Novel and Notable is a column designed for the busy college bookworm. A common complaint that I hear from my university friends is that they wish they had more time to read. Between assignments, clubs, and social life; it can feel impossible to delve into a book. But for those of us who consume literature like breath, we find ways to read. This column is my attempt to entice you to find time and to suggest books relatable to university life. My wish for you, my peers, is that in an increasingly fast-paced world, you might find some quiet moments to slow your breathing and get lost in a good book. Welcome to Novel and Notable.
Idaho by Emily Ruskovich is currently my favorite read. With its bare prose and thoughtful descriptions of life in the backwoods; the novel confronts love, loss, and the darkest depths of human nature. Published in January 2017 as Ruskovich’s debut novel, Idaho is like poetry masterfully spun into prose. Ruskovich’s voice is striking as she chronicles the lives of Wade and his former wife, Jenny, after the horrific murder of their oldest daughter, May.
On a hot summer day the family takes a trip to the mountains to cut wood. With one swift strike of a hatchet the characters’ lives change in irrevocable ways. Jenny has killed May. Ruskovich uses this event to unapologetically examine humanity’s capacity for beauty and brutality.
The story is told through multiple perspectives, but makes Ann, Wade’s current wife, the center. With his memory quickly fading due to dementia, not only is Ann charged with being his caretaker, but she places the burden of his memories upon herself. Hungry for the truth behind May’s murder and what motivated the movement of Jenny’s hand, the characters use the past as a vessel for understanding the present.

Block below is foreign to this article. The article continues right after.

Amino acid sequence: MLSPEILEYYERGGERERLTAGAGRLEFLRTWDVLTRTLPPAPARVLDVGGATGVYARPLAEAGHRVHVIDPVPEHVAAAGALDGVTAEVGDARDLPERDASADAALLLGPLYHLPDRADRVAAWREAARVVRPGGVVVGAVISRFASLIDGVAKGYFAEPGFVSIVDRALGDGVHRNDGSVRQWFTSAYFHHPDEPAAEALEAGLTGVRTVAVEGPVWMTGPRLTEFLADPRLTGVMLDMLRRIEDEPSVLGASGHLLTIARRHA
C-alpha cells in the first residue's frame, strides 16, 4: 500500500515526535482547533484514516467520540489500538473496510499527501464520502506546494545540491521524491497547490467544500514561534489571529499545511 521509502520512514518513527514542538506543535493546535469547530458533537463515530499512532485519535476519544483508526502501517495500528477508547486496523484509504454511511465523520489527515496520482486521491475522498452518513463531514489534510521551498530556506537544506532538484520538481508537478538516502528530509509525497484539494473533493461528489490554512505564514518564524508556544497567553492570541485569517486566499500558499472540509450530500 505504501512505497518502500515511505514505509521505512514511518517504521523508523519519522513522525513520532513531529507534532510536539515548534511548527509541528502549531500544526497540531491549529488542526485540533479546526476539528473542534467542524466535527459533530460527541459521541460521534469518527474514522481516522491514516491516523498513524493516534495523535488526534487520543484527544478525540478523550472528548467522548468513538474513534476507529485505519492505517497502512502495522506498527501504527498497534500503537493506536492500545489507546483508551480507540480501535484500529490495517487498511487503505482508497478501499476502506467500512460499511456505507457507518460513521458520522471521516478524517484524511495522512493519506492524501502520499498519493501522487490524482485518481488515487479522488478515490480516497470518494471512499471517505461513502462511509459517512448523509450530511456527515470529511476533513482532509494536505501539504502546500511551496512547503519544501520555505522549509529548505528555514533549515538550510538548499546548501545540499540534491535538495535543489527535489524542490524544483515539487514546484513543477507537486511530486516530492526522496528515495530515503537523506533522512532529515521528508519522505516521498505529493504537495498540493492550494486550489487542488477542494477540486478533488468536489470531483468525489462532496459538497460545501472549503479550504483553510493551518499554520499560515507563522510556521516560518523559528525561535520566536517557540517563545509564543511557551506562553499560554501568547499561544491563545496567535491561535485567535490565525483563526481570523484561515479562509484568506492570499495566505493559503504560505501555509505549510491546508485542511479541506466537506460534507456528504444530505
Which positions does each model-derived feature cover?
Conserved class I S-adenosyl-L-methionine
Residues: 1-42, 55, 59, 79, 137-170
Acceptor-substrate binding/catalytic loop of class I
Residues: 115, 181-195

With Jenny in prison and Wade a prisoner to his crumbling mind, Ann’s quest for answers relies heavily on her own interpretation of Wade’s memories. Idaho questions what it means to forgive in the face of reconciling what was with what is. Ruskovich’s contemporary style and innate ability for understanding what it means to be human mark her as a force to watch.
Ultimately the novel serves as a reminder of the intersection of the past and present. Without providing direct answers, it instead fuels the question of what it means to cut ties with memories, to live through them, and to forgive.
The lesson of reconciling memory is one that I think is important for every college-age student to question. This time in our lives as blossoming independents is convenient for reinvention. For many of us, we have memories of ourselves and the world around us that we want to abandon, reputations that we want to change. I think the author Joan Didion put it best when she said, “We are well-advised to keep on nodding terms with the people we used to be, whether we find them attractive company or not.” As hard as it may be to face the past, on the journey toward self-discovery, looking back is essential to understanding the present and future.
College is the time to become the versions of ourselves that we’ve always wanted to be. But as Idaho reminds us, to cut ties with memories means abandoning the very essence of what it means to be human: a compilation of good and bad.